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Khmer Kampuchea Krom: From Justice Voyage to Memorial Initiative – Sok-Kheang Ly June 23, 2009

Posted by chandrapong007 in History, Politics.

MAGAZINE: Searching for the Truth, June 2009
 Khmer Kampuchea Krom: From Justice Voyage to Memorial Initiative
 Sok-Kheang Ly
Khmer Rouge (KR) crimes against the Cambodian people proved to be one of the worst atrocities in human history. The KR’s rule during 1975-1979 caused approximately 1.7 million people to die unnatural deaths. Among the victims, Khmer Krom were one of the groups accused of being traitorous. Many Khmer Krom families were killed off, while some survived and struggled to overcome their losses. This bitter past has plagued their entire lives, filling them with painful anger. In some cases, they have desired revenge against those who hurt them and killed their family members. However, their anger has reduced as the years have gone by.
This article will look into the historical background of the Khmer Krom, including why the KR regime policies targeted them for purges. Having suffered from a horrendously large number of killings, members of this community visiting the Extraordinary Chambers in the Courts of Cambodia (ECCC) with DC-Cam were asked to reflect on these past crimes after witnessing the ongoing court proceedings against Duch, chief of the former S-21 prison. Although justice is now within their grasp, some proposed that in addition a memorial where people could hold religious ceremonies for the victims be constructed and dedicated to the Khmer Krom who died at that time.  
Background of Khmer Krom
The Khmer Kampuchea Krom, hereafter Khmer Krom or lower Khmers, live in the lower Mekong Delta but share a common race and identity as Khmer since the existence of Kok Thlork kingdom during the first century.[1] Their settlement, now in South Vietnam, was controlled by Cambodia until 14th century. However, French colonialism changed Cambodian borders by ceding the lower Mekong Delta to Vietnam in the late 19th century.[2]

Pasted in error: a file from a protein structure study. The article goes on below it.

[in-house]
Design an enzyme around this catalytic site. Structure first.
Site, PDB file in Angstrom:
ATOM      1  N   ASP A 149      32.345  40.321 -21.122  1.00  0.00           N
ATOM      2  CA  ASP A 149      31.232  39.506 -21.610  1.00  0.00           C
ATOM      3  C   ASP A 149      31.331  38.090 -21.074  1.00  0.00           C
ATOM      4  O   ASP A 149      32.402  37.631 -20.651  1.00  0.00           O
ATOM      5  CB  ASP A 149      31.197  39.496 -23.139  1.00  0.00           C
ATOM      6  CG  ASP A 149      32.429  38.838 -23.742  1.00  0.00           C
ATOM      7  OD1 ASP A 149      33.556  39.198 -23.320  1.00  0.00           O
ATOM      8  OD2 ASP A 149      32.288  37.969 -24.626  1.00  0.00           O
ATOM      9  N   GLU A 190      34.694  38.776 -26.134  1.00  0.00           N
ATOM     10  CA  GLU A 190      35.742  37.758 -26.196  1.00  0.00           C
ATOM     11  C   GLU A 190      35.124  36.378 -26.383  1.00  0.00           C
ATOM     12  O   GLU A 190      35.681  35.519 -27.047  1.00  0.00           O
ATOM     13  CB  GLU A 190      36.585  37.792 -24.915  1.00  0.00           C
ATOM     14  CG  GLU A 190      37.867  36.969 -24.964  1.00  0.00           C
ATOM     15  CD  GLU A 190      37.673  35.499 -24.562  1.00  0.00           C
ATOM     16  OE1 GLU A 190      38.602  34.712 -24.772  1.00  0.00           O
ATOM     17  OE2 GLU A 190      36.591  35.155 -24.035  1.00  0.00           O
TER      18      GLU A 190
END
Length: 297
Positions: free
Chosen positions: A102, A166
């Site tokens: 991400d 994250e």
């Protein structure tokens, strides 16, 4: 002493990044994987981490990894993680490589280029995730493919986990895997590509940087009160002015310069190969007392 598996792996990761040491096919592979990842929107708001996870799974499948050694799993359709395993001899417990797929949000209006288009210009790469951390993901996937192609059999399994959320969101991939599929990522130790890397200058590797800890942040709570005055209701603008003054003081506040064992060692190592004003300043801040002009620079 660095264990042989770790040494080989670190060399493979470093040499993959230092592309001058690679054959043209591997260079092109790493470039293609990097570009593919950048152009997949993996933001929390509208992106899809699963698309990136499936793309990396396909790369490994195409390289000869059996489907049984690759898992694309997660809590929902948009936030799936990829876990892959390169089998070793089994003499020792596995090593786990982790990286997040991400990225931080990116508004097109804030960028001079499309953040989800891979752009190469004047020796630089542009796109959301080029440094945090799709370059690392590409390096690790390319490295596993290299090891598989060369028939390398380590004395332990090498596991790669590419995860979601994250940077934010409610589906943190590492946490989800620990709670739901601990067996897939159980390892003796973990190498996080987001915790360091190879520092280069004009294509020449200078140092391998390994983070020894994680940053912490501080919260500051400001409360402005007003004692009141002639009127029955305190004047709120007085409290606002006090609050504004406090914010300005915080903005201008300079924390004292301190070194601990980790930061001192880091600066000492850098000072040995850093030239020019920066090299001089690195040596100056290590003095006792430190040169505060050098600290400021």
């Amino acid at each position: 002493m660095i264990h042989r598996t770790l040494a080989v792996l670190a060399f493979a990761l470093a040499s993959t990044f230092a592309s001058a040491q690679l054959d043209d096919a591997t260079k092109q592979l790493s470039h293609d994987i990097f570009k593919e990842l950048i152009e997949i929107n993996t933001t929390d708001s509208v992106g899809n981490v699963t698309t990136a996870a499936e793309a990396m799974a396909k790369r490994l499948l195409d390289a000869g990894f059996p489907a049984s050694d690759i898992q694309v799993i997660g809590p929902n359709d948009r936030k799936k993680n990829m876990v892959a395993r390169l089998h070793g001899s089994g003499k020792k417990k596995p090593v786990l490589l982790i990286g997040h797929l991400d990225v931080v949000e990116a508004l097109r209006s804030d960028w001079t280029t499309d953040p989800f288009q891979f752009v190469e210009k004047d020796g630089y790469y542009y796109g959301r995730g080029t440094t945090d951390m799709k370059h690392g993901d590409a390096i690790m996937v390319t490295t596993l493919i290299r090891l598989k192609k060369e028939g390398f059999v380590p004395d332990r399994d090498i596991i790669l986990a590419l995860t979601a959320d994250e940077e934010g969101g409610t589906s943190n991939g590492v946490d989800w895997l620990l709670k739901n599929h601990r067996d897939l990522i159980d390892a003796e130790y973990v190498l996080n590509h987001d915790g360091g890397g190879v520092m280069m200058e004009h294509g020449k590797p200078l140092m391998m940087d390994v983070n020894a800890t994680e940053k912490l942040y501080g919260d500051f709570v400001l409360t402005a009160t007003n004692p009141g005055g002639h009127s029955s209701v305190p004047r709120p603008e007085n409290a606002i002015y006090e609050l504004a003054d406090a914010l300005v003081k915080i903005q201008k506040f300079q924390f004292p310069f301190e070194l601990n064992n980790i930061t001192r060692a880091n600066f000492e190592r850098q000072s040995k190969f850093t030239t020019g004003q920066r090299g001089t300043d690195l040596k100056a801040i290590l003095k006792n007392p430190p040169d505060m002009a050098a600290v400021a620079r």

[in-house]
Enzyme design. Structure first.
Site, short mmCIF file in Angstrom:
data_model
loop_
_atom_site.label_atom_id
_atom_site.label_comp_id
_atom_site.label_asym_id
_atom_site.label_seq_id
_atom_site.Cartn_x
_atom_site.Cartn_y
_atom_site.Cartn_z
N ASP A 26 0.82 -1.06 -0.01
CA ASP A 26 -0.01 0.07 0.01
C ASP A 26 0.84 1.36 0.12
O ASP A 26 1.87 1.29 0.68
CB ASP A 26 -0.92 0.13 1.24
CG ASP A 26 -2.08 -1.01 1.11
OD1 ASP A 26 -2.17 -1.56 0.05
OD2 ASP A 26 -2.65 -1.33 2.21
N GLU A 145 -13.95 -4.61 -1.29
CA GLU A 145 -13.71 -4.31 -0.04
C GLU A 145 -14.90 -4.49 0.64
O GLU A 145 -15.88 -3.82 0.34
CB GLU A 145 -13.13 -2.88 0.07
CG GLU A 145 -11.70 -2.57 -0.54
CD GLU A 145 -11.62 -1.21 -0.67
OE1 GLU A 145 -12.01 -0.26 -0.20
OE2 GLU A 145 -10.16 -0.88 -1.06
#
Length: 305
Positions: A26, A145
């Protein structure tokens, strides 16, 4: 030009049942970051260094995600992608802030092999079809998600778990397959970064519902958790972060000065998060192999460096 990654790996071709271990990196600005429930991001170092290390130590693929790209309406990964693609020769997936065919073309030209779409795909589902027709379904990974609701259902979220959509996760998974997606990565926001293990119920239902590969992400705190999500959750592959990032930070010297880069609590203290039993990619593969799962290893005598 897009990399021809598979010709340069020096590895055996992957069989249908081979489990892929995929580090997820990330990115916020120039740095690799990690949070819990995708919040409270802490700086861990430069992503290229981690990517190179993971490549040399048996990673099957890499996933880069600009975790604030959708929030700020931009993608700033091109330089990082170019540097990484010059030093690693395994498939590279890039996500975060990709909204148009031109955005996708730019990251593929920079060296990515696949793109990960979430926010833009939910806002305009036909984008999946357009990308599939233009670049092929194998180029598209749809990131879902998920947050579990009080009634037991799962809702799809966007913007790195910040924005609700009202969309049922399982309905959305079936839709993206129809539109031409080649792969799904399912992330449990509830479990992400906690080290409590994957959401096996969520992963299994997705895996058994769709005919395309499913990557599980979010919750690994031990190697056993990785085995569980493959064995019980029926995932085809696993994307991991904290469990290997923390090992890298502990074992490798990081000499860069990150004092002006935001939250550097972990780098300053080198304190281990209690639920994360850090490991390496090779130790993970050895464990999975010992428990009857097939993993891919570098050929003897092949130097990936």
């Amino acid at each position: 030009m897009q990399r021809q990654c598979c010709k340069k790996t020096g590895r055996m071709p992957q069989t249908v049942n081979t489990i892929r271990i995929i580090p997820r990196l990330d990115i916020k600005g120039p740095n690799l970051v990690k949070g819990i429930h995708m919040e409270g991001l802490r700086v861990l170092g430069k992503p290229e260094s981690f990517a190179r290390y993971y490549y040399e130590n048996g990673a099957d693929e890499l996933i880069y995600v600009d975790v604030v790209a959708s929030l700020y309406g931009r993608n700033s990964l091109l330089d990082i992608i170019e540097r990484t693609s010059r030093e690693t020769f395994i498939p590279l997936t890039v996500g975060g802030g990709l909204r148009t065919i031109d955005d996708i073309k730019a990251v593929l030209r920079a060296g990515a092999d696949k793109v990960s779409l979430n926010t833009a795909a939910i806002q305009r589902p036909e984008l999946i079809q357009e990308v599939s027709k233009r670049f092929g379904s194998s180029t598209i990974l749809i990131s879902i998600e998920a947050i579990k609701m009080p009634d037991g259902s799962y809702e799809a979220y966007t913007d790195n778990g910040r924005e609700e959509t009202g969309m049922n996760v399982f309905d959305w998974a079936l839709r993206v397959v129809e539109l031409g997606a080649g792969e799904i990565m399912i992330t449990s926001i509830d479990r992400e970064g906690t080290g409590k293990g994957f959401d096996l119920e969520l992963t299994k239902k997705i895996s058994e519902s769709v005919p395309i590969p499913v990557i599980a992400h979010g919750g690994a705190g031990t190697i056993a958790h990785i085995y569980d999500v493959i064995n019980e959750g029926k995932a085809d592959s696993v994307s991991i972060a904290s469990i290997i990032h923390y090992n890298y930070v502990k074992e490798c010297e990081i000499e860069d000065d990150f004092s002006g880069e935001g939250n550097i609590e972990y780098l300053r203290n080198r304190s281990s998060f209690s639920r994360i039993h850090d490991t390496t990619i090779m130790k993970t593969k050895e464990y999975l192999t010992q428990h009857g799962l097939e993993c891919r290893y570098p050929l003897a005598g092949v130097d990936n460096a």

Since then, there has been a large influx of Khmer Krom migrating and settling within the contemporary borders of Cambodia. During the reign of Preah Bat Monivong (1927-1941), many Khmer Krom left the Preah Trapeang province of Vietnam for Bakan district, Pursat province, after they found that area conducive for agriculture.[3] However, Meas Chanthan with the Khmer Krom name Kim Ya Thay said that even before arriving in Pursat, Khmer Krom came to Reang Sy commune, Battambang province in the 1910s and moved to Pursat only when there was a war between Cambodia and Thailand.
Both Thay and Tep Huoy, also a Khmer Krom, said that Prey Chheu Teal village, now called Rumlech village, has become a rallying point among Khmer Krom. Huoy’s parents migrated there from Tra Ving province along with another 16 Khmer Krom families. Van San, a Khmer Krom, said his ancestors also came from Tra Ving province of Vietnam to live in Kampong village in 1922. At that time, only 10 Khmer Krom families came with them but the settlement increased to 150 families by the early 1970s. There were at least two reasons for their migration: to escape the war in Vietnam and to find land for farming.
Chao Ny, an An Giang-born Khmer Krom, said that at the beginning, Khmer Krom could travel back and forth between Vietnam and Cambodia. For example, their children were sent for education in Cambodia. Chao Sao was a Khmer Krom who came to study in Cambodia and continued his doctorate degree in law in France. However, migration was restricted or cut off during the deteriorating political situation between Vietnam and Democratic Kampuchea in 1970s.[4]
In contemporary Cambodia, Khmer Krom live mostly in Pursat, Kampong Cham, Kampong Chhnang and Takeo provinces. Many find it hard to recognize who is Khmer Krom. According to Ben Kiernan, Khmer Krom can be recognized by their accent,[5] which is different from one that is Vietnamese. DC-Cam researcher Kim Keo Kanitha, who is also a Khmer Krom, wrote that Khmer Krom could be recognized by their clothes.[6] Ny agreed with both observations. He added that Khmer Krom often have surnames such as Chao, Thach, Kim, Seun, Taing, Seung, and Tep, which makes it possible to trace their identity.
Khmer Krom: Victims of DK Policy
Although they have a common race, religion, tradition, and culture with other Khmer, Khmer Krom were targeted by the Khmer Rouge regime. DC-Cam researcher Tieng Sopheak Vichea has provided three arguments for the killings. First, Khmer Krom were accused of serving as Vietnamese spies for the Ho Chi Minh Youth Labor Party. Second, they were considered to be members of the Indochinese Freedom Solidarity Movement led by Chao Dara, better known as Field Marshal Lon Nol. Third, they were arrested and detained on suspicion of being Vietnamese spies when Khmer Rouge attacked Vietnam in 1977 and 1978.[7] So, the mistreatment stemmed from their perceived political and military involvement during the old regime. San acknowledged that many Khmer Krom did in fact serve the Lon Nol regime.